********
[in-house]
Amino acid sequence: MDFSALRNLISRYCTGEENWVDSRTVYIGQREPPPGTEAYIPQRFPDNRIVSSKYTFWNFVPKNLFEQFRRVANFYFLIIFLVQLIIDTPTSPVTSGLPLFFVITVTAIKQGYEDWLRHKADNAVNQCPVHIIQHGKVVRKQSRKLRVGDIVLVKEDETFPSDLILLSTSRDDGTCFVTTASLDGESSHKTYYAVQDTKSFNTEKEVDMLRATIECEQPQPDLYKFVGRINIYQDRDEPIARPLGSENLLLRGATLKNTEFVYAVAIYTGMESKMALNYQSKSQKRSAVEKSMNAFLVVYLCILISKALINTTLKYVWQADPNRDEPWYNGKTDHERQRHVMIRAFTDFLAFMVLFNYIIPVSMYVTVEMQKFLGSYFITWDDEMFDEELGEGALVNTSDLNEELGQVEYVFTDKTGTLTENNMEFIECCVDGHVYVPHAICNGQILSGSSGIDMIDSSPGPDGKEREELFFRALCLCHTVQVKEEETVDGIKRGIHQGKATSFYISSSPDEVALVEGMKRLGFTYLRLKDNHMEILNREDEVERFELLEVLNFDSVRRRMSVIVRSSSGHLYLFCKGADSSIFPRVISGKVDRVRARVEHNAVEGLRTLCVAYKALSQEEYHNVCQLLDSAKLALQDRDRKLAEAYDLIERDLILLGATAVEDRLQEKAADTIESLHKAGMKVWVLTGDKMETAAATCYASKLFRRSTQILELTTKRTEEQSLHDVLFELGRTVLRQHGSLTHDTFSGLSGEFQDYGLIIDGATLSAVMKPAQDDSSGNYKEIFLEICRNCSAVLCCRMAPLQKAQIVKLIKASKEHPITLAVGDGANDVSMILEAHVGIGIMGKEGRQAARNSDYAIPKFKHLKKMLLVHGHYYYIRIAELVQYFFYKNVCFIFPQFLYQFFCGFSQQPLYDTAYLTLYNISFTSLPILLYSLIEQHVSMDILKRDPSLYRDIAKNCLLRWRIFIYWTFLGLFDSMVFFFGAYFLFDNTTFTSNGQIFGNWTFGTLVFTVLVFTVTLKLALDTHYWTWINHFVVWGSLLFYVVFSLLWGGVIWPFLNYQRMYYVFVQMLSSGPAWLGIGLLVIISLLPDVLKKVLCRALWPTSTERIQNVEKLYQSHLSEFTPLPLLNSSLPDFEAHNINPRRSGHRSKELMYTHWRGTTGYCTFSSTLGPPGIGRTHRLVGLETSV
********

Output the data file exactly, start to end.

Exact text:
[in-house]
Amino acid sequence: MDFSALRNLISRYCTGEENWVDSRTVYIGQREPPPGTEAYIPQRFPDNRIVSSKYTFWNFVPKNLFEQFRRVANFYFLIIFLVQLIIDTPTSPVTSGLPLFFVITVTAIKQGYEDWLRHKADNAVNQCPVHIIQHGKVVRKQSRKLRVGDIVLVKEDETFPSDLILLSTSRDDGTCFVTTASLDGESSHKTYYAVQDTKSFNTEKEVDMLRATIECEQPQPDLYKFVGRINIYQDRDEPIARPLGSENLLLRGATLKNTEFVYAVAIYTGMESKMALNYQSKSQKRSAVEKSMNAFLVVYLCILISKALINTTLKYVWQADPNRDEPWYNGKTDHERQRHVMIRAFTDFLAFMVLFNYIIPVSMYVTVEMQKFLGSYFITWDDEMFDEELGEGALVNTSDLNEELGQVEYVFTDKTGTLTENNMEFIECCVDGHVYVPHAICNGQILSGSSGIDMIDSSPGPDGKEREELFFRALCLCHTVQVKEEETVDGIKRGIHQGKATSFYISSSPDEVALVEGMKRLGFTYLRLKDNHMEILNREDEVERFELLEVLNFDSVRRRMSVIVRSSSGHLYLFCKGADSSIFPRVISGKVDRVRARVEHNAVEGLRTLCVAYKALSQEEYHNVCQLLDSAKLALQDRDRKLAEAYDLIERDLILLGATAVEDRLQEKAADTIESLHKAGMKVWVLTGDKMETAAATCYASKLFRRSTQILELTTKRTEEQSLHDVLFELGRTVLRQHGSLTHDTFSGLSGEFQDYGLIIDGATLSAVMKPAQDDSSGNYKEIFLEICRNCSAVLCCRMAPLQKAQIVKLIKASKEHPITLAVGDGANDVSMILEAHVGIGIMGKEGRQAARNSDYAIPKFKHLKKMLLVHGHYYYIRIAELVQYFFYKNVCFIFPQFLYQFFCGFSQQPLYDTAYLTLYNISFTSLPILLYSLIEQHVSMDILKRDPSLYRDIAKNCLLRWRIFIYWTFLGLFDSMVFFFGAYFLFDNTTFTSNGQIFGNWTFGTLVFTVLVFTVTLKLALDTHYWTWINHFVVWGSLLFYVVFSLLWGGVIWPFLNYQRMYYVFVQMLSSGPAWLGIGLLVIISLLPDVLKKVLCRALWPTSTERIQNVEKLYQSHLSEFTPLPLLNSSLPDFEAHNINPRRSGHRSKELMYTHWRGTTGYCTFSSTLGPPGIGRTHRLVGLETSV